Friday, January 26, 2024

Q&A with Essie Fox




Essie Fox is the author of the new novel The Fascination. Her other books include The Somnambulist. She also created the blog The Virtual Victorian, and she's based in the UK.


Q: What inspired you to write The Fascination, and how did you create your characters Theo, Matilda, and Keziah?


A: I've always been fascinated by the world of the stage and presenting as “other” than oneself - whether by acting and singing, or in less conventional forms of entertainment, such as the acts in rural fairground shows that Matilda and Keziah are involved in at the start of the novel – and then the more glamorous pantomime world of the Victorian London theatres that their adventures lead them to, and in which Matilda plays the part of a panto “fairy queen,” becoming something of a star.


Another form of “entertainment” in the Victorian era was the lure of the freak shows in which people born with physical abnormalities were often displayed before the public as a source of horror or amusement. Theo himself enters this world when he grows up and is employed in an anatomy museum based on one that did exist in London's Oxford Street.


As to my inspiration for the characters themselves, I'm really not sure how they came into existence. They seemed to pop into my mind as fully-formed individuals. From that point on, I was compelled to write their stories down.


Q: How did you research the novel, and did you learn anything that especially surprised you?


A: I research through library books, sometimes second-hand books found in shops, museums, exhibitions, and also via the internet. The London Library in the UK is a wonderful resource that also offers online documents.


For The Fascination I also spent some time at the Wellcome Collection in London, and I visited the online archives of the V&A - where a lot of stage and entertainment information is available.


One thing I learned that really surprised me was the existence of a Victorian anatomy museum in a shop in Oxford Street. I'd imagined such a place in my mind, but then to discover the real one - to read the newspaper reports that featured it, and to see the printed advertisements - made my scenes come to vivid life.


Something else I learned was that another of the novel's settings - a house that once stood in Chiswick, very near to the river Thames - had in real life been the home of the publisher who first printed the scandalous Georgian novel known as Fanny Hill.


How could I resist the lure of mentioning that in my novel - and even sharing some snippets of that book while one of my characters is reading it?

Q: The Foreword review of the book said, in part, “Exalting those whom society relegates to the shadows and exposing those who do vulnerable people harm, this is an enchanting story set in an erstwhile world marked by voyeurism, showmanship, and superstition.” What do you think of that description?


A: It's a very fitting description. The element of superstition is something I find “fascinating,” with the idea of gypsy curses, and then of old country cures and fake medicines being crucial to my twin sisters' upbringings, and what happens to them in the earlier chapters.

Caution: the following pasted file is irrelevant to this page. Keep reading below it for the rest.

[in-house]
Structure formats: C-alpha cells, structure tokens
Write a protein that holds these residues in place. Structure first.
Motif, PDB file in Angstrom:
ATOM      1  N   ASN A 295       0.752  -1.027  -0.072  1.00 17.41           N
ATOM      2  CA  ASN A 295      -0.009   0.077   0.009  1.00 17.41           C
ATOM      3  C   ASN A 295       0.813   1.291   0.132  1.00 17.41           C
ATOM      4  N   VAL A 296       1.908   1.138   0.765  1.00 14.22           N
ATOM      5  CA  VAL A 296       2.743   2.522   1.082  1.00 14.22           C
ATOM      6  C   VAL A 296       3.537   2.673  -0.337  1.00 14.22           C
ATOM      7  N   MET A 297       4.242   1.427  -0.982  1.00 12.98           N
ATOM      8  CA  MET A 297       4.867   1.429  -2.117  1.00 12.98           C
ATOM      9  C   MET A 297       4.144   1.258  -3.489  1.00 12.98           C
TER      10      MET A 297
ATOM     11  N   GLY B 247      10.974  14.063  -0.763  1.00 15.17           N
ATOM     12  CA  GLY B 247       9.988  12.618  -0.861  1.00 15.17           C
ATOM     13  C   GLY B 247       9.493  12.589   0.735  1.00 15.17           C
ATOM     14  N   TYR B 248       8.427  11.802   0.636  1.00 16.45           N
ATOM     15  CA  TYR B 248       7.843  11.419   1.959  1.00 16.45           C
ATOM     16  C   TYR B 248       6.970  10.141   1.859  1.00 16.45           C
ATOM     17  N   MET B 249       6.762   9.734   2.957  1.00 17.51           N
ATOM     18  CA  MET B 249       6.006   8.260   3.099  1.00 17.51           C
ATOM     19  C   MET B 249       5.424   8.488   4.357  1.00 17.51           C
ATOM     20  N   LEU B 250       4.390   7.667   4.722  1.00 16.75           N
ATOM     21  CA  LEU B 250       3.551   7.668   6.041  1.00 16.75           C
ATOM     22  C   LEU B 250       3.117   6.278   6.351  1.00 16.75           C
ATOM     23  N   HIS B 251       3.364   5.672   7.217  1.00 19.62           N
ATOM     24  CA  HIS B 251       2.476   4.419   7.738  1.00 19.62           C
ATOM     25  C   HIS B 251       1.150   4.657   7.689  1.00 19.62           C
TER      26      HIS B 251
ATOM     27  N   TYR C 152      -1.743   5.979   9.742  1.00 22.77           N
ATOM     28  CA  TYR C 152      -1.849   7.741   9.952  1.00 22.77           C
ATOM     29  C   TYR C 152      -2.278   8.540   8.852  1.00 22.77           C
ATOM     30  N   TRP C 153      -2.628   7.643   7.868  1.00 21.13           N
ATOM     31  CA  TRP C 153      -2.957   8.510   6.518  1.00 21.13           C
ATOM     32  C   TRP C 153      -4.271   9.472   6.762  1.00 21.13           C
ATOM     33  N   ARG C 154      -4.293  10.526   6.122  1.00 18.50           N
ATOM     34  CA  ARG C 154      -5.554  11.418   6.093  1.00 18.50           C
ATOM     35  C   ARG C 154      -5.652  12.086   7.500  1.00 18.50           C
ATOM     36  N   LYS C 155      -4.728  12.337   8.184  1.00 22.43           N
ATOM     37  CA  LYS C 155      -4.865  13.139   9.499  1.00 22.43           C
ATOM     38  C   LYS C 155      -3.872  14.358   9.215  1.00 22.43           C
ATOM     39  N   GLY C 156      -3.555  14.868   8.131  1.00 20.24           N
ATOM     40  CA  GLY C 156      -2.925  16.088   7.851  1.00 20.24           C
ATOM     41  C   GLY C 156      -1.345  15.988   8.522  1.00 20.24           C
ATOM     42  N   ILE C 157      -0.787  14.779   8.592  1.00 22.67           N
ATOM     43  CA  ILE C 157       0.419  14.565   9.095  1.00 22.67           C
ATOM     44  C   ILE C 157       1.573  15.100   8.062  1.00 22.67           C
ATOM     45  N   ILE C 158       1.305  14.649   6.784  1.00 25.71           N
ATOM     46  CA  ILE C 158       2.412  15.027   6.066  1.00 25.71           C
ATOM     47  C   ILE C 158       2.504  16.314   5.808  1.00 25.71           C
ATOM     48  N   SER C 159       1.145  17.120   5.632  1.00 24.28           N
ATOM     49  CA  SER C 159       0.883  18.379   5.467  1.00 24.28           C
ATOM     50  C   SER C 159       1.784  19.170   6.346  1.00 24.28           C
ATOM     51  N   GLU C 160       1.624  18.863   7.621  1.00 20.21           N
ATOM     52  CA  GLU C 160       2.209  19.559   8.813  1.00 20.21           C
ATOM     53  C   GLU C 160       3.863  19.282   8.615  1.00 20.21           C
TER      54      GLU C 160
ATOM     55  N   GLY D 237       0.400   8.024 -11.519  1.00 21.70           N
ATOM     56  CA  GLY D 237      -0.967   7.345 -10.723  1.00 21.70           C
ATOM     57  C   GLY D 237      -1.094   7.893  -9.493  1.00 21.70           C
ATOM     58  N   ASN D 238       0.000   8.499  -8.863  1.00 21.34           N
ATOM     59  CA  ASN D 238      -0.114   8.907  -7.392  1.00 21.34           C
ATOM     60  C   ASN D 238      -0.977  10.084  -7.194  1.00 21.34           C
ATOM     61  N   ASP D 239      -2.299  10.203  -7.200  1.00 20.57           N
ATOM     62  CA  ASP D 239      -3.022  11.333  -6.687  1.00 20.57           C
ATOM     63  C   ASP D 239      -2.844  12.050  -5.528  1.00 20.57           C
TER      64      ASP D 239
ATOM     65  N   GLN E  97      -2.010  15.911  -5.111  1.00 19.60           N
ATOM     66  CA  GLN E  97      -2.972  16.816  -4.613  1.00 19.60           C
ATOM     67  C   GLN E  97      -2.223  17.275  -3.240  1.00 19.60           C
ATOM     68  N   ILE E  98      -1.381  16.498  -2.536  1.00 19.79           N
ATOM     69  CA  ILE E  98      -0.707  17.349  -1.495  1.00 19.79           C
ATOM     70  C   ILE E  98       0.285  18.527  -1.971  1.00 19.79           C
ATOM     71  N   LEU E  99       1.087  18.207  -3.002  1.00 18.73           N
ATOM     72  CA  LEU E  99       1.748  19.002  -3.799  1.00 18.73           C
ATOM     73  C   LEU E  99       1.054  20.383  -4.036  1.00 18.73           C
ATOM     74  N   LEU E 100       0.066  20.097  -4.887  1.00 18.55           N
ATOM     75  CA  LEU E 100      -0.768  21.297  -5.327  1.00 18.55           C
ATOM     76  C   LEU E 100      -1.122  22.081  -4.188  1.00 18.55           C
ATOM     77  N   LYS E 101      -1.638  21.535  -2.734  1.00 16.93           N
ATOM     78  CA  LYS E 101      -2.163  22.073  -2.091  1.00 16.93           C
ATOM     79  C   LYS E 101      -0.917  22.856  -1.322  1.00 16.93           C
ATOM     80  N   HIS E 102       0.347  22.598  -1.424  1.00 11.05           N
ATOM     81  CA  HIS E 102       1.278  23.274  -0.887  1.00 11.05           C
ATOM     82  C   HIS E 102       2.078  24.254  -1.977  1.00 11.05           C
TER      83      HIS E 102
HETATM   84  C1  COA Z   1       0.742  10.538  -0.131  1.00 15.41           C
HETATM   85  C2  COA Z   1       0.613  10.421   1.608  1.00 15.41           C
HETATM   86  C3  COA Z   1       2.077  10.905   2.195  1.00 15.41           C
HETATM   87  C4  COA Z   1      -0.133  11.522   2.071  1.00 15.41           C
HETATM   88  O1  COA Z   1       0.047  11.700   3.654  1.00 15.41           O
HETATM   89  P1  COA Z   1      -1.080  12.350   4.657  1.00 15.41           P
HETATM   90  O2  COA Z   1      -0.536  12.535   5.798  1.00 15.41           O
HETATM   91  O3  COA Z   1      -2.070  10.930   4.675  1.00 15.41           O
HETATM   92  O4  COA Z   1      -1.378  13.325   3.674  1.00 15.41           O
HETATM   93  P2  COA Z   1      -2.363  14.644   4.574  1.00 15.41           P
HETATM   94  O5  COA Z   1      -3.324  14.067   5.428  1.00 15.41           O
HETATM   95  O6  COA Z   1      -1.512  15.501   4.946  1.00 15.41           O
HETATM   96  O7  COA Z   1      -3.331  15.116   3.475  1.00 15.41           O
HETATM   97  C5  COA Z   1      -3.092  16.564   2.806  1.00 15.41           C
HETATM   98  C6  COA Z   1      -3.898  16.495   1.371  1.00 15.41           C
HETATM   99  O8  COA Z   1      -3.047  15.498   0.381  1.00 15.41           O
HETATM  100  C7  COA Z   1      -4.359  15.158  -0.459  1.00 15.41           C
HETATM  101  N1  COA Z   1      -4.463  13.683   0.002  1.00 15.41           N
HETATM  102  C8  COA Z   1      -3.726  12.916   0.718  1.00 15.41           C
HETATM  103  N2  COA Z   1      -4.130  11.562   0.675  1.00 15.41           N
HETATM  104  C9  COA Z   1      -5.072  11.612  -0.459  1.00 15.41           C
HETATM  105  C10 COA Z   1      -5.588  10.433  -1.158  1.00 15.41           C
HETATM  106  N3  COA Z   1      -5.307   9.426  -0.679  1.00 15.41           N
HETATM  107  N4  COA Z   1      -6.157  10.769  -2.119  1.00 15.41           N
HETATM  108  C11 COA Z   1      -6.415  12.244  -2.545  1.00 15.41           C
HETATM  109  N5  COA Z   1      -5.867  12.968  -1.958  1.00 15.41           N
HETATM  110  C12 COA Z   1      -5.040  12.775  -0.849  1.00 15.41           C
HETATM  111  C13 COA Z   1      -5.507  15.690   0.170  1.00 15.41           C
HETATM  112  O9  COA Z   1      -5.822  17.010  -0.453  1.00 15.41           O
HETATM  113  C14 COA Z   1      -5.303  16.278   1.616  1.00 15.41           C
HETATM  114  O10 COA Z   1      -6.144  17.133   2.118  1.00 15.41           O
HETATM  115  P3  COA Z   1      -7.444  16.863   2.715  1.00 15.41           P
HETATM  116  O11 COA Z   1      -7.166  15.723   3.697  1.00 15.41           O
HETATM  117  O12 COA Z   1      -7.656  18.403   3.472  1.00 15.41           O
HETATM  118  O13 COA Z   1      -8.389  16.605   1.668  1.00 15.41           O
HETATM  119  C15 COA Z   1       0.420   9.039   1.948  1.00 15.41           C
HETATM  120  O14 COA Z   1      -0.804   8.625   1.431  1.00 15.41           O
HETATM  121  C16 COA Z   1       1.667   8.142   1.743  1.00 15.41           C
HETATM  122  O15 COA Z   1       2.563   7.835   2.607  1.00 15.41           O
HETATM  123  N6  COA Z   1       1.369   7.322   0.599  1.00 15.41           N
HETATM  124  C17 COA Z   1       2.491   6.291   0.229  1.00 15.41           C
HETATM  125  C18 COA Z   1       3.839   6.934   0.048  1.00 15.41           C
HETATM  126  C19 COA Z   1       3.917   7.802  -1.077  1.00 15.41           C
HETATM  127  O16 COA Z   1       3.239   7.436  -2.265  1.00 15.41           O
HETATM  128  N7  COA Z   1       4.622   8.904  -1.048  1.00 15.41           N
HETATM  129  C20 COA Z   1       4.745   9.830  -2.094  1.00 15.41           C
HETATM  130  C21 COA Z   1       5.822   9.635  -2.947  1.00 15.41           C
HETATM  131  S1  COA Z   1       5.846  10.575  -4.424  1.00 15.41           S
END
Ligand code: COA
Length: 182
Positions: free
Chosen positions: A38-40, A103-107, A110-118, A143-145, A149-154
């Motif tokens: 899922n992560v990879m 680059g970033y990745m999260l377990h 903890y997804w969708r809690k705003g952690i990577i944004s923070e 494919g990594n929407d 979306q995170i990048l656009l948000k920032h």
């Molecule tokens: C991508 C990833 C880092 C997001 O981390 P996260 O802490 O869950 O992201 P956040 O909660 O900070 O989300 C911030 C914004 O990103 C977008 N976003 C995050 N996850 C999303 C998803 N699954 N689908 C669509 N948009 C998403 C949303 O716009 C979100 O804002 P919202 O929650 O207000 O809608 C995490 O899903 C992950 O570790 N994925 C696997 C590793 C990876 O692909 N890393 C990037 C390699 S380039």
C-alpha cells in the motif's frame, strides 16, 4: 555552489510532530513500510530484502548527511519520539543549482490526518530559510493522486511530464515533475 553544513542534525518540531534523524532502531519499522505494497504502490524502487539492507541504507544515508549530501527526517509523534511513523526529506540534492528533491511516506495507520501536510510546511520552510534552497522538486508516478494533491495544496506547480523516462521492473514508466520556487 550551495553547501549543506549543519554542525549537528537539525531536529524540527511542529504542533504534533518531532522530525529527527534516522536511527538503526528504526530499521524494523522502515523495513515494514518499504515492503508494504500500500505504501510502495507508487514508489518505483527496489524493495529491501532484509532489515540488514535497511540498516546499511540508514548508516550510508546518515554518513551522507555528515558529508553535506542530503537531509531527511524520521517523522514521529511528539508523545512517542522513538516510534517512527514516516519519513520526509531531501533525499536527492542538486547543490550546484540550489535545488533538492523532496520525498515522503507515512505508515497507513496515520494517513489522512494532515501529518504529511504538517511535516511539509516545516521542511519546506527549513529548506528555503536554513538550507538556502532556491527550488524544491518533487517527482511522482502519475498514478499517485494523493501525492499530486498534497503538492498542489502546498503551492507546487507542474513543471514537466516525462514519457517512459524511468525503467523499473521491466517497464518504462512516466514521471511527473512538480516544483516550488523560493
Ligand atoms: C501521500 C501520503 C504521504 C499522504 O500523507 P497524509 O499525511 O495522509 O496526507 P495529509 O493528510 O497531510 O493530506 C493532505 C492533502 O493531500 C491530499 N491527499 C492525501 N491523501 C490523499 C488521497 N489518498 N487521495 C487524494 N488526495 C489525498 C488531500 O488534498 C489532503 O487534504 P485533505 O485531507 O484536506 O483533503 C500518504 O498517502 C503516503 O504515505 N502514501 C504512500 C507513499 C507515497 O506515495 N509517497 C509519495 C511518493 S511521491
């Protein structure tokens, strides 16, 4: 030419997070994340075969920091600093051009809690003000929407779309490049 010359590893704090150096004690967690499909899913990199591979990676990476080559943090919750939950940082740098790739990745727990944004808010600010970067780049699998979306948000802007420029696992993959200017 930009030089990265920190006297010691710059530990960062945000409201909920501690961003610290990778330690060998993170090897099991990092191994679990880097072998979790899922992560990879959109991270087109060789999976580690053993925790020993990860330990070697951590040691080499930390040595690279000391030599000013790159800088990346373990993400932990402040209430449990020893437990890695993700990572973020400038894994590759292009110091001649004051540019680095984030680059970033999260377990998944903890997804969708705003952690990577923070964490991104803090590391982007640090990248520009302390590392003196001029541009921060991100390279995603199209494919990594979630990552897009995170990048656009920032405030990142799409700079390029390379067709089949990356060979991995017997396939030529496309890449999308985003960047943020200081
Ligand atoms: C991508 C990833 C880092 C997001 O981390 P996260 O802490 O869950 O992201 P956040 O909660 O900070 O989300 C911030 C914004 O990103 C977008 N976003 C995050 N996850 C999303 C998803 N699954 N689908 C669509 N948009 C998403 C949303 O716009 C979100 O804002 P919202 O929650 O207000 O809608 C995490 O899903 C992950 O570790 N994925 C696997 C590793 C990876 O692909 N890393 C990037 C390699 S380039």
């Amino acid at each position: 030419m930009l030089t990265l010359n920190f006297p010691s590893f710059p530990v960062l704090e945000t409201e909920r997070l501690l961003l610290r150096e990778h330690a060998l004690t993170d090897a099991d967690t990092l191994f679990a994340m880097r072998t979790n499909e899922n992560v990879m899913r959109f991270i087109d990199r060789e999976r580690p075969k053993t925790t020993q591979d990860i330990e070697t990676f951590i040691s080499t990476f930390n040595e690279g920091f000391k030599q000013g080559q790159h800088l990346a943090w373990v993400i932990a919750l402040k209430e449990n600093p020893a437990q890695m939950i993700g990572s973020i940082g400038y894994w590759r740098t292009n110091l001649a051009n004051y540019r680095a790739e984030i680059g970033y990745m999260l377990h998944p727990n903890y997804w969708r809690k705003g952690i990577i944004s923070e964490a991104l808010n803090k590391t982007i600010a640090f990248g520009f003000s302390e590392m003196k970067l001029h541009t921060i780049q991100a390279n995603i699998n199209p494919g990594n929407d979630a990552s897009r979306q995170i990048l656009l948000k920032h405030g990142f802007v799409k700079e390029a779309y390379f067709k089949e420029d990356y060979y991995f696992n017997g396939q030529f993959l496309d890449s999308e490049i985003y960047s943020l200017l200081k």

But my main inspiration for the story was a dear friend who was born “different” to other people. She is such a shining light who brings joy to everyone who knows her, and I wanted to create a character imbued with those same qualities.


That is how Tilly - who is exceptionally small and would have been termed as a midget in Victorian times - came into existence.


At the same time, I'd been reading about other human “wonders” of the era, and that's how I discovered more about the business of the freak shows - when those with unusual physical deformities or affected by medical conditions were paraded around the fairgrounds and circuses for the sake of entertainment.


The Fascination is a story that follows the lives of such characters and shows their sufferings and triumphs, as opposed to some of the people bent on exploiting or abusing them. I hope the novel manages to throw a light on society's cruelty and inequalities, bringing with it some sense of justice.


Q: Did you know how the novel would end before you started writing it, or did you make many changes along the way?


A: Yes. Whenever I begin to write a novel I always know the opening chapter, and I have a very clear idea of the end. I will also have the general sense of a “theme” in my mind, but as to how my characters get from the start to the end will still be a mystery to me.


I tend to write instinctively and let the story and characters “guide” me. The method does involve taking some wrong turns at times, deciding another path would be far more suitable. But it's also a way of writing myself even more deeply into a plot. I do enjoy the total immersion - of living in my imaginary worlds.


Q: What are you working on now?


A: I'm just coming to the end of a historical crime thriller, which is a little different for me. My novels always involved wrongdoings or crimes to some extent, but this new novel is placed more specifically in the crime genre.


However, it's still very gothic in tone, being based on Lord Byron, one of England's most famous Romantic poets - someone both reviled and revered. The setting of this novel is Venice, literally dripping with atmosphere.


--Interview with Deborah Kalb

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